October 12, 2010
PKR: A Torchbearer of Reform Still?
By Josh Hong@www.malaysiakini.com
If there is anything that one can say about Parti KeADILan Rakyat (PKR) these days, it is that the party now looks increasingly like an epitome of Barisan Nasional.
No doubt, the party is of no fixed abode when it comes to ideology, mostly due to its diverse membership and volatile public support, as seen from its dramatic jump from one parliamentarian to 31 at the last general election.
But elasticity does not equal opportunism. Possession of the former quality means a party is able to adapt to constantly changing realities and voter demands without bending its long-held principles, whereas cashing in on others misfortune and shambles in utter disregard of consequences could signal the downward spiral leading all the way to eventual demise.
Unless the term reform means no more than building a populist coalition backed by members and leaders of all shapes and sizes, PKR still has to convince the electorate that its raison dtre is to dismantle the obnoxious race politics in Malaysia and effect real changes with ideals and capabilities.
Sadly, this is not how the party appears to be. Ever since the party elections got under way, PKR has been beset with factional conflicts, bitter accusations and brawls. While one may accept that inexperience with direct party election which involves the grassroots and makes all outcomes highly unpredictable is responsible for the chaos, some elements that the public has witnessed so far are clearly inexcusable.
Granted, factions are a necessary evil in party politics. But a broad church can only be strengthened and buttressed by healthy debates and constructive engagements o! f all st reams. On the other hand, resentment, acrimony and personal vendetta will destroy a party in no time, however promising it once was.
So far, I am yet to hear things that sound close to the word reform from any of the leadership hopefuls, and it is hard not to agree with many that all that the public is getting from PKR over the past few weeks is endless mud slinging that goes right to the highest echelons of the party, with each side trading bemusing and even childish accusations one after another.
The contest between Azmin Ali and Zaid Ibrahim, the two heavyweight candidates for deputy president, has now descended into a melodramatic pot-boiler. There is certainly a huge audience out there, but the quality leaves much to be desired.
Instead of taking pot shots at each other, why cant the two men campaign to win the hearts and minds of the masses on concrete programmes such as reform on the judiciary, economy, education, human rights and political structure of the country?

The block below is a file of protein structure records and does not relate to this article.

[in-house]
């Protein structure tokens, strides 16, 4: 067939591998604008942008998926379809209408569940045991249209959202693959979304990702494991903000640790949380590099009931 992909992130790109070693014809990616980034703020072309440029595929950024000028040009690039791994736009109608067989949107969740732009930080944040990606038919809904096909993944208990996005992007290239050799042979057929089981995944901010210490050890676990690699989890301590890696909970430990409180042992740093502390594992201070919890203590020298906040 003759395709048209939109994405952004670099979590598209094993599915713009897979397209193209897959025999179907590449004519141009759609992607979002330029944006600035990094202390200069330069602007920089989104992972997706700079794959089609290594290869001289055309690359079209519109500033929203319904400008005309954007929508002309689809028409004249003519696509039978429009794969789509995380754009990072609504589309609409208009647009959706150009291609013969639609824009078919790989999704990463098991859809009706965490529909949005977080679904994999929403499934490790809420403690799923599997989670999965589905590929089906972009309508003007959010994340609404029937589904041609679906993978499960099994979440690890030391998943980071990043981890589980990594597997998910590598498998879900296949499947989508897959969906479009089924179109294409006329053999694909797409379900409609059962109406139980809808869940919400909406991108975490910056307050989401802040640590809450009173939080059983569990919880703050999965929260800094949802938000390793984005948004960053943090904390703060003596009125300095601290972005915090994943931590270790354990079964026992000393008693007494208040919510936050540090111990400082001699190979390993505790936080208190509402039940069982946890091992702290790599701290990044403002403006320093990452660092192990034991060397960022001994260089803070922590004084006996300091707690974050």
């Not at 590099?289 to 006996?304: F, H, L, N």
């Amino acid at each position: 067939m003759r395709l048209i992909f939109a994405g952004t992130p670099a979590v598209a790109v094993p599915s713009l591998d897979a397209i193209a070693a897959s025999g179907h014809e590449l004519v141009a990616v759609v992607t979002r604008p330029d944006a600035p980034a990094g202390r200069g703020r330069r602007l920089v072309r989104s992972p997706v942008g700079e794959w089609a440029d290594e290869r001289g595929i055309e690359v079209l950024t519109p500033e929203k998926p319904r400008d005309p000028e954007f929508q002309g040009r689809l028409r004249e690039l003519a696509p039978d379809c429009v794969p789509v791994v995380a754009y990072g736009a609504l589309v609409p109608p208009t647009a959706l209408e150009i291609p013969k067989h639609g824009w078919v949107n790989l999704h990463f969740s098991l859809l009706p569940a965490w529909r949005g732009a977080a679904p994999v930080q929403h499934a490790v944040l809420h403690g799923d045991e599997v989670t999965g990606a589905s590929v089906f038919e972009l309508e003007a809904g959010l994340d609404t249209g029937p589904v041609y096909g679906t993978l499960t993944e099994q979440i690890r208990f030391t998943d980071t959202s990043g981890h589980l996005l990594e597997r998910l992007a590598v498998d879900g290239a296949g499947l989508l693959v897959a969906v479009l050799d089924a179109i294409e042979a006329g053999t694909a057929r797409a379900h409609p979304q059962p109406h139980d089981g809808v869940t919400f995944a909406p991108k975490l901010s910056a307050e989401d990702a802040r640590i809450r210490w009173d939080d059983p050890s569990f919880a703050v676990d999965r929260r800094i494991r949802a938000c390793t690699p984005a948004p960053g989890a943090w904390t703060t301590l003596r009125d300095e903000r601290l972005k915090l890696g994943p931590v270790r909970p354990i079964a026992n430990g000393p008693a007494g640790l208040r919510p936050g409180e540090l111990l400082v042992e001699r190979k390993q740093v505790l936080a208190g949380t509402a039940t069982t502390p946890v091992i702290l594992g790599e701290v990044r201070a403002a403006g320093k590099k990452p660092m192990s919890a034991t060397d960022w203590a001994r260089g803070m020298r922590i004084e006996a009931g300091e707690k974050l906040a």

Stop using the much abused pretext that Malaysia as a developing nation is ill-equipped for policy debate and that Malaysians are generally more interested in form rather than substance. If this is the case, there would not have been a series of massive demonstrations calling for change and reform over the past few years.
Even if I were to consider this substandard excuse, it still would not absolve politicians of their obligation to raise the levels of Malaysian politics by moving beyond personal feuds and sensationalism.
For reasons best known to himself, Zaid agreed to pull out of the race only if Nurul Izzah entered the fray for the deputy post. Yet most major political parties in the country are already more feudalistic than their counterparts in the Indian subcontinent: UMNO (Najib Abdul Razak, Khairy Jamaluddin, Mukhriz Mahathir, etc), Gerakan (Lim Keng Yeik and Lim Si Pin), DAP (Lim Kit Siang and Lim Guan Eng). Do Malaysians deserve another political dynasty?! p>
And then there was news of Lee Chong Meng quitting MCA and joining PKR yesterday[ Application to join PKR rejected a few days ago]. Nicknamed Doktor Ayam, Lee was suspended by his previous party two years ago over allegations of misuse of government funds. He has yet to clear his name.
To say that Lees track record as Bukit Bintang MCA chief has been unmemorable is an understatement. In fact, he did nothing to improve the political culture in the country, and is totally bereft of refreshing ideas and views.
Has anyone heard him speak up on justice, police brutality, corruption and transparency? I only remember he sought to deter a female candidate from being fielded in Bukit Bintang by saying that the rough area was ill-suited for a woman politician. Thank goodness, he went on to lose by nearly 15,000 votes in March 2008.
It defies logic for a party that is premised on reform to offer political refuge to a dodgy character like Lee. Should the party field him just to satisfy his ambitions, I would be ready to campaign against him.
If reform is really what PKR stands for, it must do its utmost to show that it is much more than just a recycle bin for political has-beens. Start conducting party affairs in a fashion that is remarkably different from the BN, or risk making a mockery of new politics and end up losing more public trust than UMNO. Id shed no tears when the day comes.
Letter & Opinion From Joe Public